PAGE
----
Rising sea levels could threaten an average of 9 percent of the land within 180 U.S. coastal cities by 2100, according to new research led by University of Arizona scientists.
The Gulf and southern Atlantic coasts will be particularly hard hit. Miami, New Orleans, Tampa, Fla., and Virginia Beach, Va. could lose more than 10 percent of their land area by 2100.
The research is the first analysis of vulnerability to sea-level rise that includes every U.S. coastal city in the lower 48 with a population of 50,000 or more.
The latest scientific projections indicate that by 2100, the sea level will rise about 1 meter -- or even more. One meter is about 3 feet.
At the current rate of global warming, sea level is projected to continue rising after 2100 by as much as 1 meter per century.
"According to the most recent sea-level-rise science, that's where we're heading," said lead researcher Jeremy L. Weiss, a senior research specialist in the UA's department of geosciences. "Impacts from sea-level rise could be erosion, temporary flooding and permanent inundation."
The coastal municipalities the team identified had 40.5 million people living in them, according to the 2000 U.S. Census. Twenty of those cities have more than 300,000 inhabitants.
Weiss and his colleagues examined how much land area from the 180 municipalities could be affected by 1 to 6 meters of sea-level rise.
"With the current rate of greenhouse gas emissions, the projections are that the global average temperature will be 8 degrees Fahrenheit warmer than present by 2100," said Weiss, who is also a UA doctoral candidate in geosciences.
"That amount of warming will likely lock us into at least 4 to 6 meters of sea-level rise in subsequent centuries, because parts of the Greenland and Antarctic ice sheets will slowly melt away like a block of ice on the sidewalk in the summertime."
At 3 meters (almost 10 feet), on average more than 20 percent of land in those cities could be affected. Nine large cities, including Boston and New York, would have more than 10 percent of their current land area threatened. By 6 meters (about 20 feet), about one-third of the land area in U.S. coastal cities could be affected.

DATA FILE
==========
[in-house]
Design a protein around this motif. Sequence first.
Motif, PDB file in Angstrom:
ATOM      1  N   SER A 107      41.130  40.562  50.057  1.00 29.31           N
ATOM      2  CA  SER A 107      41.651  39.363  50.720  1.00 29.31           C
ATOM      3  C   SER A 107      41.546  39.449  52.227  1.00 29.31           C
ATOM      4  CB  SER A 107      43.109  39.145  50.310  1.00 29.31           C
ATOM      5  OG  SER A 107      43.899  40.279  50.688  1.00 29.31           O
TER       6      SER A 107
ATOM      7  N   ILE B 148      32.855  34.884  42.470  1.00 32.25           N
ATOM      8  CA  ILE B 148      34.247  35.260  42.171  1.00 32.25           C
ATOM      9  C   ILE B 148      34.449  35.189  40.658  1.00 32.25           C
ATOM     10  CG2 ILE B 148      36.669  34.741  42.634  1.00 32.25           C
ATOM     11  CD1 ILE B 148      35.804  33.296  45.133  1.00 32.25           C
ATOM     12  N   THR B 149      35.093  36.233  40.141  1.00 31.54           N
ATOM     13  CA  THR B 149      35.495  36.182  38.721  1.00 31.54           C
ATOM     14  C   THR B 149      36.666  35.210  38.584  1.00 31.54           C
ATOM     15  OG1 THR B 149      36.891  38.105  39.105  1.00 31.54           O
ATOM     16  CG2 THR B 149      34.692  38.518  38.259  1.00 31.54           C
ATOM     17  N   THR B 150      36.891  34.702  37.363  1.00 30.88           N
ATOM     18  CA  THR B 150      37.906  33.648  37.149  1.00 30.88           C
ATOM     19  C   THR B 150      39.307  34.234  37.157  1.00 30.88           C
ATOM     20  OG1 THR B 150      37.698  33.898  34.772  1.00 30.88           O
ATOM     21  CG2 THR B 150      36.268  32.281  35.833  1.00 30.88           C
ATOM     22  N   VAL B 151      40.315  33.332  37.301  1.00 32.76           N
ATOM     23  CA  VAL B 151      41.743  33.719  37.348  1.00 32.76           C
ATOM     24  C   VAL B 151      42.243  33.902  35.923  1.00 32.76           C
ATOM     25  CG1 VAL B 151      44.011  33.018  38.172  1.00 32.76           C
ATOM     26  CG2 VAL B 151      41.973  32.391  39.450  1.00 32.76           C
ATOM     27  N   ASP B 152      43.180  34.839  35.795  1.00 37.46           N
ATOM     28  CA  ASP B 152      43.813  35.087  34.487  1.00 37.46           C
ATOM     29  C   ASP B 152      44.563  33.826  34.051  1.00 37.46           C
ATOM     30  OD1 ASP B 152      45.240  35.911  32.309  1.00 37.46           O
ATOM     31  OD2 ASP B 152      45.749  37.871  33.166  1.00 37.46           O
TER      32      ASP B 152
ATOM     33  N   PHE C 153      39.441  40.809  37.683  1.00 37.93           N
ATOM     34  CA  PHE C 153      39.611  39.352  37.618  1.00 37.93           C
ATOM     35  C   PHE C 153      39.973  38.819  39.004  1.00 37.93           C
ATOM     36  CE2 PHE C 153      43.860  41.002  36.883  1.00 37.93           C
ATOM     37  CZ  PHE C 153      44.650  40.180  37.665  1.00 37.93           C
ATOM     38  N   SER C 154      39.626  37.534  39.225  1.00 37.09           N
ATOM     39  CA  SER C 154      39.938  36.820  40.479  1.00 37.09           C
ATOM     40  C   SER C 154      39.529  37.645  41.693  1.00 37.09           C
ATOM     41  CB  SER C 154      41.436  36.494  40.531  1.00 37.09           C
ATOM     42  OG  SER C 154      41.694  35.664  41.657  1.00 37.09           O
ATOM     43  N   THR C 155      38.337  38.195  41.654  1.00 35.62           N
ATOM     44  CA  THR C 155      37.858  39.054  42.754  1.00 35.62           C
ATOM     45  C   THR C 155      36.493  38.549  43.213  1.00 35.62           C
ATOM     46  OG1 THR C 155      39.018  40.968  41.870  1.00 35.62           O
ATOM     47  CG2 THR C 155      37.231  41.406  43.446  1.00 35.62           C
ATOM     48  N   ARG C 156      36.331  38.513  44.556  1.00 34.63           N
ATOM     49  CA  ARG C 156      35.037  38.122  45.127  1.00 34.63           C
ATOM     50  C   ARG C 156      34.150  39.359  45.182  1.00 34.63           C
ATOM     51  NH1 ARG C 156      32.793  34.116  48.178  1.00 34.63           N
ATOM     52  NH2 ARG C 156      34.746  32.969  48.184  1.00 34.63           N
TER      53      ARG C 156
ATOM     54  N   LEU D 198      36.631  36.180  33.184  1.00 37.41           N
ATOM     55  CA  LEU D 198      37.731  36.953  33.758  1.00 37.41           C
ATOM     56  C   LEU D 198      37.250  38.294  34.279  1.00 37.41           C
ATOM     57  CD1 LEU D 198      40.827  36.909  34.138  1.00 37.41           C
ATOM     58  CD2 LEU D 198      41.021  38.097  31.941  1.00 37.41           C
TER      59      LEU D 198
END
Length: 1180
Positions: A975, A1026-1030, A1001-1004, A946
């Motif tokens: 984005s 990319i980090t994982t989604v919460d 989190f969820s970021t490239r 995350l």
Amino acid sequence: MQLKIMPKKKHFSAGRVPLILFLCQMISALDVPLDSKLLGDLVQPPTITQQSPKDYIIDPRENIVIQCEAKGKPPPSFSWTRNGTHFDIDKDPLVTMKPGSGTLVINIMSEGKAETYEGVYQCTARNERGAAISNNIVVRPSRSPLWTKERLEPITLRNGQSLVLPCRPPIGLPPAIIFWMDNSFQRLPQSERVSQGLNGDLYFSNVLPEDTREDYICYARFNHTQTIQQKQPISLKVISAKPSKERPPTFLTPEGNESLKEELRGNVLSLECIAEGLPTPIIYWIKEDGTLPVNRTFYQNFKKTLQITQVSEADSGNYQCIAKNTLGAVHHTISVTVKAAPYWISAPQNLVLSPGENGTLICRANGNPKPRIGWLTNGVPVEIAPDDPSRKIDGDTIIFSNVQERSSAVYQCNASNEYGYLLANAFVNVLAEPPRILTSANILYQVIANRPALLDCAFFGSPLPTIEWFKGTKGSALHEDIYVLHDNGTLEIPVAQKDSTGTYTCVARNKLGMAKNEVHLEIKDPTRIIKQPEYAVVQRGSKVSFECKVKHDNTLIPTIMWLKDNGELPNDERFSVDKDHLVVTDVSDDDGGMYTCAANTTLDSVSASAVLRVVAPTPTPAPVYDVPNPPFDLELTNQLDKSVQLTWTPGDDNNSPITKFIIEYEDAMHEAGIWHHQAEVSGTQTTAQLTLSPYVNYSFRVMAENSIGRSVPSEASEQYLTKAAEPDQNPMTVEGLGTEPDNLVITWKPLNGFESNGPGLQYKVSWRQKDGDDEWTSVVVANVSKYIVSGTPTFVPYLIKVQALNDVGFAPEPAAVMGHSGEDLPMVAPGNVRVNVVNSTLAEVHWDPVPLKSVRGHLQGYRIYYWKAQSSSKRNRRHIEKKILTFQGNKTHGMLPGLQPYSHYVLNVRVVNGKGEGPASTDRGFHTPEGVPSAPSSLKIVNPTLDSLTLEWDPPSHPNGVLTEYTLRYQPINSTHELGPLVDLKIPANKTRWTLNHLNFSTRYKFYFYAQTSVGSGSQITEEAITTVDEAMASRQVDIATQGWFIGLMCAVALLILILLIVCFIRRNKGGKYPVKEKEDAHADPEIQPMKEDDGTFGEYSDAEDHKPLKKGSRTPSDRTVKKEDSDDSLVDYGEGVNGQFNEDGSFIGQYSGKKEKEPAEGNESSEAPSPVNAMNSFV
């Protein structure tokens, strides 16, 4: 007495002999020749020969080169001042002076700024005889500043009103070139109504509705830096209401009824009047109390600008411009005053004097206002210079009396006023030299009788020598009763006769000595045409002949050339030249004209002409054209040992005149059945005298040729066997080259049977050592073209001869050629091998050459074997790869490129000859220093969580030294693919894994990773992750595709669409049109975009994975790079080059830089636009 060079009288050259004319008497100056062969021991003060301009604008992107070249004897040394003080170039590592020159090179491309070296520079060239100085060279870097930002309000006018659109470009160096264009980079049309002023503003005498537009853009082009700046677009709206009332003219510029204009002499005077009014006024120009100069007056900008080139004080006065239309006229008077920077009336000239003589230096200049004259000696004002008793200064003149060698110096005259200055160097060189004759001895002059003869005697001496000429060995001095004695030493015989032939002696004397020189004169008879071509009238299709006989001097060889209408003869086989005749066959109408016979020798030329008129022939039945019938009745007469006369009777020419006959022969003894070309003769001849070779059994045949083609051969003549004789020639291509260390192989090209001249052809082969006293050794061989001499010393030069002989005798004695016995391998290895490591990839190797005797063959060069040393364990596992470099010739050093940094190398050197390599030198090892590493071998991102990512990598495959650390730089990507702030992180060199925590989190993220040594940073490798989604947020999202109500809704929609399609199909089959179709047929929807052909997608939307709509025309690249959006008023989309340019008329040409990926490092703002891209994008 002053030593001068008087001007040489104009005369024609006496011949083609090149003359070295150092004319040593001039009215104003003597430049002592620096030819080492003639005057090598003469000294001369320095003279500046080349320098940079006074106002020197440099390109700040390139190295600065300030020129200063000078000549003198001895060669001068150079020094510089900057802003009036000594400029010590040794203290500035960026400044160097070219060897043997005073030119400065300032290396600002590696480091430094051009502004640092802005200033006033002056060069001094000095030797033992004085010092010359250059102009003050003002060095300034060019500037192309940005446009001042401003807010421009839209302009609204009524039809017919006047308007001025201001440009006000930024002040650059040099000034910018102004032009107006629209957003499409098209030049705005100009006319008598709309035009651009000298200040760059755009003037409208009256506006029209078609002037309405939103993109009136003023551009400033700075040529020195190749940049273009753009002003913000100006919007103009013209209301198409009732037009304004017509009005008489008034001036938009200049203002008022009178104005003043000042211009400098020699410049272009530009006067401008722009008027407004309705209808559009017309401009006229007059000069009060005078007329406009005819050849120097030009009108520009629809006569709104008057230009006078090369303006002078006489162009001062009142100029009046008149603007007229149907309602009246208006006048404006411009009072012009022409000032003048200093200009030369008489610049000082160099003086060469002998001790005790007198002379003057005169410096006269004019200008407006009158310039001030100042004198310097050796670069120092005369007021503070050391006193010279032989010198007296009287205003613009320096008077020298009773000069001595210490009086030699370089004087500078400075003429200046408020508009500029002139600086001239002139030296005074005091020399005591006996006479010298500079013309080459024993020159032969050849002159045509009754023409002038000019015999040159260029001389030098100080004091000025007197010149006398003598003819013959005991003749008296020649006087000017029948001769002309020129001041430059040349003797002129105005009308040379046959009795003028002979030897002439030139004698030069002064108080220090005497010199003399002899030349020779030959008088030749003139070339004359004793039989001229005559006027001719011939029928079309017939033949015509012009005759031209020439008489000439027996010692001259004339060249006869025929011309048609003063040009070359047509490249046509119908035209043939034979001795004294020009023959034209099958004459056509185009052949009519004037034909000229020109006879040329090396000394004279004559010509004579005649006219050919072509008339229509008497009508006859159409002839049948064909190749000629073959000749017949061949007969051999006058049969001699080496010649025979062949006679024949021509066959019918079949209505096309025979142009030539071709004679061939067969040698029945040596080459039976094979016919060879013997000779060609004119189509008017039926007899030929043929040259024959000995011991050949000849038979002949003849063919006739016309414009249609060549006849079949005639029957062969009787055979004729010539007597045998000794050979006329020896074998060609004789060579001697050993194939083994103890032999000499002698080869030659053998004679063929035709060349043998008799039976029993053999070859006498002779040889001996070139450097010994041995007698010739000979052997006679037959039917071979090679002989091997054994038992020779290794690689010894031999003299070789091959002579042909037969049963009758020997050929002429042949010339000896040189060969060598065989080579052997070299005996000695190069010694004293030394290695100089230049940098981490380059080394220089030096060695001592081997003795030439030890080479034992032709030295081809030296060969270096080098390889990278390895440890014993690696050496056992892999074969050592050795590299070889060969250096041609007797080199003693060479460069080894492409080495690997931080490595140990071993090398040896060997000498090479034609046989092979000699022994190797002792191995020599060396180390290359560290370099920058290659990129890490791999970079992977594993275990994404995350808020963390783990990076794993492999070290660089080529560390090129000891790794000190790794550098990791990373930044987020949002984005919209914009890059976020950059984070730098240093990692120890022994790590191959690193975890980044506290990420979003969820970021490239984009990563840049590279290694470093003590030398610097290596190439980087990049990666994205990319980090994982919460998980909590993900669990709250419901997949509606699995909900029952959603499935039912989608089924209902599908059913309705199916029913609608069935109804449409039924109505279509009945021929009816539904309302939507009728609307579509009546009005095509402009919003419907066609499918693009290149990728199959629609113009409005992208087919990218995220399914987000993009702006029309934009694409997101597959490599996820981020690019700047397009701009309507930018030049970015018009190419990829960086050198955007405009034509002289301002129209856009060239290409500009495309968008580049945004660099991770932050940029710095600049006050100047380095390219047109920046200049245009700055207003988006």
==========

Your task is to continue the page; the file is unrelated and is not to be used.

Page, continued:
"Our work should help people plan with more certainty and to make decisions about what level of sea-level rise, and by implication, what level of global warming, is acceptable to their communities and neighbors," said co-author Jonathan T. Overpeck, a UA professor of geosciences and of atmospheric sciences and co-director of UA's Institute of the Environment.
Weiss, Overpeck and Ben Strauss of Climate Central in Princeton, N.J., are publishing their paper, "Implications of Recent Sea Level Rise Science for Low-Elevation Areas in Coastal Cities of the Conterminous U.S.A.," in Climatic Change Letters.
Weiss and Overpeck had previously developed maps of how increases in sea level could affect the U.S. coastline. Strauss suggested adding the boundaries of municipalities to focus on how rising seas would affect coastal towns and cities.
For the detailed maps needed for the new project, the researchers turned to the National Elevation Dataset produced by the U.S. Geological Survey. The NED provides a high-resolution digital database of elevations for the entire U.S.
The high resolution let Weiss and his colleagues identify the elevation of a piece of land as small as 30 meters (about 100 feet) on a side -- about the size of an average house lot.
The researchers used the USGS database to create detailed digital maps of the U.S. coast that delineate what areas could be affected by 1 meter to 6 meters of sea-level rise. The researchers also added the boundaries for all municipalities with more than 50,000 people according to the 2000 U.S. Census.
To increase the accuracy of their maps, the team included all pieces of land that had a connection to the sea and excluded low-elevation areas that had no such connection. Rising seas do not just affect oceanfront property -- water moves inland along channels, creeks, inlets and adjacent low-lying areas.
"Ours is the first national-scale data set that delineates these low-lying coastal areas for the entire lower 48 at this degree of spatial resolution," Weiss said.
The NED data set has some uncertainty, particularly for estimating elevation changes of 1 meter or less. That means the researchers' ability to identify the threat to any particular small piece of land is better for larger amounts of sea-level rise than for smaller amounts of sea-level rise, Weiss said.
"As better digital elevation models become available, we'll be using those," Weiss said. "The USGS is always improving the digital elevation models for the U.S."
Overpeck said, "The main point of our work is to give people in our coastal towns and cities more information to work with as they decide how to deal with the growing problem of sea-level rise."
Materials provided by University of Arizona. Note: Content may be edited for style and length.
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